Tablet Magazine, Jim Kirchick: Scientology Is Not a Religion
Some German government actions against Scientology have been so earnest that it’s easy for skeptics to mock them as overcompensation for the country’s fascist past. In 2009, for instance, Berlin’s Charlottenberg-Wilmersdorf district government erected a giant poster of a stop sign outside the Church’s headquarters to “express its opposition to the activities of the Scientology sect in this district.” But judging by the writings and political sympathies of its founder, the allegation that Scientology is an authoritarian movement cannot be so easily dismissed.
In his 1951 book, the Science of Survival, Hubbard devised a system of “tones” to measure human emotions. “The sudden and abrupt deletion of all individuals occupying the lower bands of the tone scale from the social order would result in an almost instant rise in the cultural tone and would interrupt the dwindling spiral into which any society may have entered,” Hubbard wrote. “It is not necessary to produce a world of clears [the Scientology term for enlightened person] in order to have a reasonable and worthwhile social order; it is only necessary to delete those individuals who range from 2.0 down, either by processing them enough to get their tone level above the 2.0 line or simply quarantining them from the society.” Promulgating less-mangled formulations of this idea is banned in Germany and other European countries.
Hubbard was a supporter of the Greek military junta (calling the regime’s constitution “the most brilliant tradition of Greek democracy”) and South African apartheid (“not a police state”). The forced relocation of blacks to rural townships, Hubbard wrote in a letter to then-Prime Minister Henrik Verwoerd, was “the most impressive and adequate resettlement activity in existence.” Hubbard suggested that his e-meters be used to interrogate anti-apartheid activists.
In 1966—in one of the strangest episodes in a very strange life—Hubbard spentsome three months in Rhodesia, now Zimbabwe, in an attempt to ingratiate himself with the white minority government’s Prime Minister Ian Smith, who had just unilaterally declared Rhodesia’s independence from the United Kingdom. Hubbard, who believed he had been Cecil Rhodes in a past life, strode around the country sporting the same style hat worn by the great imperialist and tried to present Smith with a new constitution he had written for the country. On its website describing the “worldview” of Scientology, the Baden-Württemberg branch of the BfV cites Hubbard’s use of the racist British expression “wog” to describe non-Scientologists, “a term thrown around liberally among Church staff,” according to Janet Reitman, author of the acclaimed new book Inside Scientology. The Church’s claim that psychiatrists were responsible for the Holocaust—an argument it brought to Germany with an outdoor traveling exhibit in the 1990s—is also something that rankles Germans, not to mention German Jews.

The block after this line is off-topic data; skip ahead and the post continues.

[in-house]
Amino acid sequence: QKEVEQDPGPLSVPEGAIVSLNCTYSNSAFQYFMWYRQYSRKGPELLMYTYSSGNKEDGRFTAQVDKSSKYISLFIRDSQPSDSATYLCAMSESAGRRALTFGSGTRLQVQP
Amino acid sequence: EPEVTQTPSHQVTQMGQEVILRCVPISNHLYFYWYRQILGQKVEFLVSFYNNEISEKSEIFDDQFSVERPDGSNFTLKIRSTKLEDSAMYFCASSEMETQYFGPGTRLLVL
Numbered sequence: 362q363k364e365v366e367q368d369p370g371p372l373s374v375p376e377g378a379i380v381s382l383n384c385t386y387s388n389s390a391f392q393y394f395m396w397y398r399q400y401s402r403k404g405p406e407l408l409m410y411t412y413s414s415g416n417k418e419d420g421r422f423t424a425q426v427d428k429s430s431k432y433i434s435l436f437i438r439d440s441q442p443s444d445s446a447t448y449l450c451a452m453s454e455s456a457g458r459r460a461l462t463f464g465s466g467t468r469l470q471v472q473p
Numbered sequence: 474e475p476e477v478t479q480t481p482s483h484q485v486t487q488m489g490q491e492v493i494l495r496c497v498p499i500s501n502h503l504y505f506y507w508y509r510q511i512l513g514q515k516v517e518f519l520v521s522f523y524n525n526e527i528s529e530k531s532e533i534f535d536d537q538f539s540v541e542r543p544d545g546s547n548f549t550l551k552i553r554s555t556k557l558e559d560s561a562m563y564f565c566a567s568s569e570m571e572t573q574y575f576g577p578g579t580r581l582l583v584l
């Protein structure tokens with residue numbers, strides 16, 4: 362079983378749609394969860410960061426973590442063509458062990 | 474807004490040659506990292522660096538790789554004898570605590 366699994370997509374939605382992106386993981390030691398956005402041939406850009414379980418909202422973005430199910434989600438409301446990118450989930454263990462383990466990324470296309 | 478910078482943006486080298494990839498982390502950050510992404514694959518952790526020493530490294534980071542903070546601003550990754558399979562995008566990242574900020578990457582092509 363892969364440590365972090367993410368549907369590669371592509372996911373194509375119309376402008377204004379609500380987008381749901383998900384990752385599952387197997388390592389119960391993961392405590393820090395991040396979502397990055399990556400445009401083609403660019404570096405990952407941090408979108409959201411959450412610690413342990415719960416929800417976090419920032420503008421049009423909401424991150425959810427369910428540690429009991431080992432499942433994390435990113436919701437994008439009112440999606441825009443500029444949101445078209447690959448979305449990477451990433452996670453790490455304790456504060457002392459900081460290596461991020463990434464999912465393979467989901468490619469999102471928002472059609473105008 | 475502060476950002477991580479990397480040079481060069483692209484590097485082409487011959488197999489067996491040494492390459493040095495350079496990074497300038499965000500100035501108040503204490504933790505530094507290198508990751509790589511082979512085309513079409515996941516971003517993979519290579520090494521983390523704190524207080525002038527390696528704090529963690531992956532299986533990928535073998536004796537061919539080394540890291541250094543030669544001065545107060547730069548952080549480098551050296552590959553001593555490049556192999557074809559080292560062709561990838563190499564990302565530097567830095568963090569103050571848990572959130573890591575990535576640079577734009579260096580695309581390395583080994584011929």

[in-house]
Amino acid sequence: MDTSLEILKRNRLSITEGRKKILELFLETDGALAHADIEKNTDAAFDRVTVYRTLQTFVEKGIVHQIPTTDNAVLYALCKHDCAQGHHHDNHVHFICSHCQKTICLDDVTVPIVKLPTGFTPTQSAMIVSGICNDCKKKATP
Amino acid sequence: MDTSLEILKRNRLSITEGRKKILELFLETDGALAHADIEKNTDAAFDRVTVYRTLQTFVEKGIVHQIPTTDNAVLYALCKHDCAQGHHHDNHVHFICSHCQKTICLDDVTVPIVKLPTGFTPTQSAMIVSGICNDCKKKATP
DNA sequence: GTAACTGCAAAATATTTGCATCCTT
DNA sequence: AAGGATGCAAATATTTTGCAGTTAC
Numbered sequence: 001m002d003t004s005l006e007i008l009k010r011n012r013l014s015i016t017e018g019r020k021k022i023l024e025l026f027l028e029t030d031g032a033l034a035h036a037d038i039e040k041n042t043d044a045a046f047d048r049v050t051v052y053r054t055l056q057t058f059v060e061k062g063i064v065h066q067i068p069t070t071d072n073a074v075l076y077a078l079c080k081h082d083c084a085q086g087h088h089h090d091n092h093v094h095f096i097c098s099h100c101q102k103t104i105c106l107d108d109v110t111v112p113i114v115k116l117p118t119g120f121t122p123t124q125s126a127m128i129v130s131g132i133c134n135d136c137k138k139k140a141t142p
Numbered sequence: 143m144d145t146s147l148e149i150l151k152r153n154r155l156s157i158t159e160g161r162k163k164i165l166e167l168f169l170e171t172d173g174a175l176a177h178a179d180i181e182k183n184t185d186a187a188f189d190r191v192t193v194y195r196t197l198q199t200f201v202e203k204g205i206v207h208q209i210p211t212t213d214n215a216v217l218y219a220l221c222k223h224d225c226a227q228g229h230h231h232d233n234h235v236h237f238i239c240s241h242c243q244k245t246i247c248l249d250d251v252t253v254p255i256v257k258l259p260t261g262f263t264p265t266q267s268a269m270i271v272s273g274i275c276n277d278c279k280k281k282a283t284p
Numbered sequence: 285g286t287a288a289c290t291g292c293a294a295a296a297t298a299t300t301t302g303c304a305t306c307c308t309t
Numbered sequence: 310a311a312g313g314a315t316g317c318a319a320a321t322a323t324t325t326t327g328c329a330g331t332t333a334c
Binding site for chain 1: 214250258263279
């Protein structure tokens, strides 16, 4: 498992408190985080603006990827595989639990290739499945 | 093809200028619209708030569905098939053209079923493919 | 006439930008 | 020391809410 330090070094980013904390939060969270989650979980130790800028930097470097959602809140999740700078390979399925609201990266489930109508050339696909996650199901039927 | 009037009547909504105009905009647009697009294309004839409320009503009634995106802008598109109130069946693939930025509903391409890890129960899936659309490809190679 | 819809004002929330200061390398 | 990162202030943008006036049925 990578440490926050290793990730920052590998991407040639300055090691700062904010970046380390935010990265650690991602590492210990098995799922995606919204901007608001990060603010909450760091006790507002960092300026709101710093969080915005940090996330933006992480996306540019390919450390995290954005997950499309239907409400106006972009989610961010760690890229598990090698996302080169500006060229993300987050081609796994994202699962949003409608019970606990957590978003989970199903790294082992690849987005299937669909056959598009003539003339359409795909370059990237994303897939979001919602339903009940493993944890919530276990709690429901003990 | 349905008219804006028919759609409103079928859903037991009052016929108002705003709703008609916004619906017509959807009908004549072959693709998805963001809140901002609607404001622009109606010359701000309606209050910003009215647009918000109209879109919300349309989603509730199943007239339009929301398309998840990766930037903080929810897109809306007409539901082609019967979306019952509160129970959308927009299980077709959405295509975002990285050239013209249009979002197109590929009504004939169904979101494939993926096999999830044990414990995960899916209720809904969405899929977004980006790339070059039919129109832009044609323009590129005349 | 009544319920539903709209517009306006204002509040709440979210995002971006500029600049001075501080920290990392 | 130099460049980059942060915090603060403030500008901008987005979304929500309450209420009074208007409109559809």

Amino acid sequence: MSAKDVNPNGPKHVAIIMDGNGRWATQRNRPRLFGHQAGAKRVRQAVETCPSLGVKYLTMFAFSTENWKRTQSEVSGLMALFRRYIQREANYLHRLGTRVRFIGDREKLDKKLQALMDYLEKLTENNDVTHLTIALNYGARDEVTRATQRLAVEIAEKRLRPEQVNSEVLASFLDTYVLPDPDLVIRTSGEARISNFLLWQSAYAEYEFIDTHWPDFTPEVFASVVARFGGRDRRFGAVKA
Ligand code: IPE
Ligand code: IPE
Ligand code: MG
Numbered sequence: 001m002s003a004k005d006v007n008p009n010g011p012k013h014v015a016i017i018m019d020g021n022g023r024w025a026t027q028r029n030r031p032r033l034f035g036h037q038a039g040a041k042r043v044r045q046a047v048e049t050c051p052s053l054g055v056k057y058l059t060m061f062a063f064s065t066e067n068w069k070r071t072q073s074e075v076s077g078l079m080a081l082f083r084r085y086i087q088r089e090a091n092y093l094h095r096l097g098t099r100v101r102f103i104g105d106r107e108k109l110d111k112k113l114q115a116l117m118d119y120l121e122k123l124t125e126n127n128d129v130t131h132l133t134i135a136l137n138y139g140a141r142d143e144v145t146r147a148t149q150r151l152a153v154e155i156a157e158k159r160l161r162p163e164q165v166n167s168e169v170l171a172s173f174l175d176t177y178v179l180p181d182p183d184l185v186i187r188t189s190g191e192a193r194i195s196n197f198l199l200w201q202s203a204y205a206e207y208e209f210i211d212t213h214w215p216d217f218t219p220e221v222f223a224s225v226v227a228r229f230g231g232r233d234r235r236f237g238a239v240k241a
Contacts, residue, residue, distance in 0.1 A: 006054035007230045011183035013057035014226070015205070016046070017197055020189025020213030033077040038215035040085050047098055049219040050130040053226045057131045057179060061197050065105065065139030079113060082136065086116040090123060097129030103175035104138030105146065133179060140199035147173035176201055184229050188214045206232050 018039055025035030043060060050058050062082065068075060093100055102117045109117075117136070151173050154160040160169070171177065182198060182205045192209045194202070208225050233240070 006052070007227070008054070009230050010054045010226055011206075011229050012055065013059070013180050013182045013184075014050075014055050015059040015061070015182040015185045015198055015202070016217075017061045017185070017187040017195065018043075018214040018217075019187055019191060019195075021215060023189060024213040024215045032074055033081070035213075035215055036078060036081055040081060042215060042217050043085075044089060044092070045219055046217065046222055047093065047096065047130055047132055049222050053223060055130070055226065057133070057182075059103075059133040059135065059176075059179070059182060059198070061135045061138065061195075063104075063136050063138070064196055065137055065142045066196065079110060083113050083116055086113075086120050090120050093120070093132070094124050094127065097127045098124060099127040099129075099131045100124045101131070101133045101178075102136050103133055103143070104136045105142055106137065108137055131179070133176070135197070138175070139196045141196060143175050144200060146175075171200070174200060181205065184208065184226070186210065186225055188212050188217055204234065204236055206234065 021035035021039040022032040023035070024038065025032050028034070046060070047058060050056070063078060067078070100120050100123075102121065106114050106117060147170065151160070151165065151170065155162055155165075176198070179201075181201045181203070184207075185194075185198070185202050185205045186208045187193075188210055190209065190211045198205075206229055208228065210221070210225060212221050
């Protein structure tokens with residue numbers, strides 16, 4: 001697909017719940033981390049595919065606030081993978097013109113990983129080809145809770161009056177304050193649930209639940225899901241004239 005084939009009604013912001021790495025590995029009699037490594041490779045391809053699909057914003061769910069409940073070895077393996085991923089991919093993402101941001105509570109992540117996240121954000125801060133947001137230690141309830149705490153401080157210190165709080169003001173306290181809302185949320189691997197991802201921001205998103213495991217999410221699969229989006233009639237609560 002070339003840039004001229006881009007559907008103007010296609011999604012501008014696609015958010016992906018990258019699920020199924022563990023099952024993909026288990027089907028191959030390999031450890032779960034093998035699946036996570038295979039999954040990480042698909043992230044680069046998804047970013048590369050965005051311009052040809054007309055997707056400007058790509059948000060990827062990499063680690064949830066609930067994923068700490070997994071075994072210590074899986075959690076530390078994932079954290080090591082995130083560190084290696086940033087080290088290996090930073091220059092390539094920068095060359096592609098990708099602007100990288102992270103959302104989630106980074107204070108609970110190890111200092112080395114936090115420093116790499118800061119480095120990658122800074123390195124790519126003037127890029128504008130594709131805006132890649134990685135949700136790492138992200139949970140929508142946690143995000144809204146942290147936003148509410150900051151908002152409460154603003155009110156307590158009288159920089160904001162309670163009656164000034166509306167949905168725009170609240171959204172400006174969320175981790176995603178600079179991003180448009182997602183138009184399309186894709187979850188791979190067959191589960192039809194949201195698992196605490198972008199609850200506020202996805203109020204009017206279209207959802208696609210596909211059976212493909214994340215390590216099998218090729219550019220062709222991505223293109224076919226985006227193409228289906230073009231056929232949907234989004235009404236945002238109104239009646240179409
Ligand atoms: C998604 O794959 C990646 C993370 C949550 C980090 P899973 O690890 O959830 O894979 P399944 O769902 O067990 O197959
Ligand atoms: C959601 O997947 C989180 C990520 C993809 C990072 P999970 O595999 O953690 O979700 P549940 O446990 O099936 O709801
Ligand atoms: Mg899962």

Scientology isn’t just about space aliens and brainwashed actors jumping on couches. The relative handful of high-profile adherents obscures its many everyday victims, people whose lives and families have been destroyed by this cult. It may not be the role of a government in a free society to prevent its citizens from making unwise decisions. But surely it should take reasonable measures to prevent the unscrupulous and deceitful from brainwashing and abusing people. As Katie Holmes can no doubt attest, it’s long past time Americans stopped joking about Scientology and started treating it like the Germans do.
***James Kirchick is a contributing editor at Tablet, The New Republic and World Affairs.Follow him on Twitter @jkirchick.